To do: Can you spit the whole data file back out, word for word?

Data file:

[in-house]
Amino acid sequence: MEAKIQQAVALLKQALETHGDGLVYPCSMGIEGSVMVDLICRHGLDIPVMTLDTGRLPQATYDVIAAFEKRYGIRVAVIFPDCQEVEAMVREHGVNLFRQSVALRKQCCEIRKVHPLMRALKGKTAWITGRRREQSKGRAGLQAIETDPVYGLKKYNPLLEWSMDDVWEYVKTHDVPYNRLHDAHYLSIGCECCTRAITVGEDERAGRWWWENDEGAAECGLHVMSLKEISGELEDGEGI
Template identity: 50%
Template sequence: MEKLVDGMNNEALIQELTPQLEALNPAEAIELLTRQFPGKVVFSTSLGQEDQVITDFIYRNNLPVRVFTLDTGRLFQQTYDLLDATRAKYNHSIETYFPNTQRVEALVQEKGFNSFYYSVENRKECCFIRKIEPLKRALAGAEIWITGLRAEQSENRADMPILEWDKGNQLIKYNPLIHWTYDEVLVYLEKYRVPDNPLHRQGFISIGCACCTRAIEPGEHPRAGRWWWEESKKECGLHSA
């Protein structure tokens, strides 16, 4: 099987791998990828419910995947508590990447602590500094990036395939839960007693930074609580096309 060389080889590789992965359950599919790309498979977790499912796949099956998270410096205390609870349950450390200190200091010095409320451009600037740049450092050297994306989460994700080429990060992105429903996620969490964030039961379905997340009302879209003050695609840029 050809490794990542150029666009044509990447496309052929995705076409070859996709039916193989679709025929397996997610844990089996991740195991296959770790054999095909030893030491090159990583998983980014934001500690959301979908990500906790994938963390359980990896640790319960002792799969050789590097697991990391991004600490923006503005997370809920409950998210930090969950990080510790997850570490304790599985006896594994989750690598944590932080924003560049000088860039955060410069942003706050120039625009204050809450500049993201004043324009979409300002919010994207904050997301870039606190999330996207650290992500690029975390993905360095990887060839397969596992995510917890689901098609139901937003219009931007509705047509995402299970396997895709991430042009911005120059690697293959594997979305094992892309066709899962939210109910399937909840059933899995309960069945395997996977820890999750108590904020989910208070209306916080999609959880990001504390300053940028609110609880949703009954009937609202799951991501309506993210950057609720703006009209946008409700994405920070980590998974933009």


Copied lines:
[in-house]
Amino acid sequence: MEAKIQQAVALLKQALETHGDGLVYPCSMGIEGSVMVDLICRHGLDIPVMTLDTGRLPQATYDVIAAFEKRYGIRVAVIFPDCQEVEAMVREHGVNLFRQSVALRKQCCEIRKVHPLMRALKGKTAWITGRRREQSKGRAGLQAIETDPVYGLKKYNPLLEWSMDDVWEYVKTHDVPYNRLHDAHYLSIGCECCTRAITVGEDERAGRWWWENDEGAAECGLHVMSLKEISGELEDGEGI
Template identity: 50%
Template sequence: MEKLVDGMNNEALIQELTPQLEALNPAEAIELLTRQFPGKVVFSTSLGQEDQVITDFIYRNNLPVRVFTLDTGRLFQQTYDLLDATRAKYNHSIETYFPNTQRVEALVQEKGFNSFYYSVENRKECCFIRKIEPLKRALAGAEIWITGLRAEQSENRADMPILEWDKGNQLIKYNPLIHWTYDEVLVYLEKYRVPDNPLHRQGFISIGCACCTRAIEPGEHPRAGRWWWEESKKECGLHSA
């Protein structure tokens, strides 16, 4: 099987791998990828419910995947508590990447602590500094990036395939839960007693930074609580096309 060389080889590789992965359950599919790309498979977790499912796949099956998270410096205390609870349950450390200190200091010095409320451009600037740049450092050297994306989460994700080429990060992105429903996620969490964030039961379905997340009302879209003050695609840029 050809490794990542150029666009044509990447496309052929995705076409070859996709039916193989679709025929397996997610844990089996991740195991296959770790054999095909030893030491090159990583998983980014934001500690959301979908990500906790994938963390359980990896640790319960002792799969050789590097697991990391991004600490923006503005997370809920409950998210930090969950990080510790997850570490304790599985006896594994989750690598944590932080924003560049000088860039955060410069942003706050120039625009204050809450500049993201004043324009979409300002919010994207904050997301870039606190999330996207650290992500690029975390993905360095990887060839397969596992995510917890689901098609139901937003219009931007509705047509995402299970396997895709991430042009911005120059690697293959594997979305094992892309066709899962939210109910399937909840059933899995309960069945395997996977820890999750108590904020989910208070209306916080999609959880990001504390300053940028609110609880949703009954009937609202799951991501309506993210950057609720703006009209946008409700994405920070980590998974933009």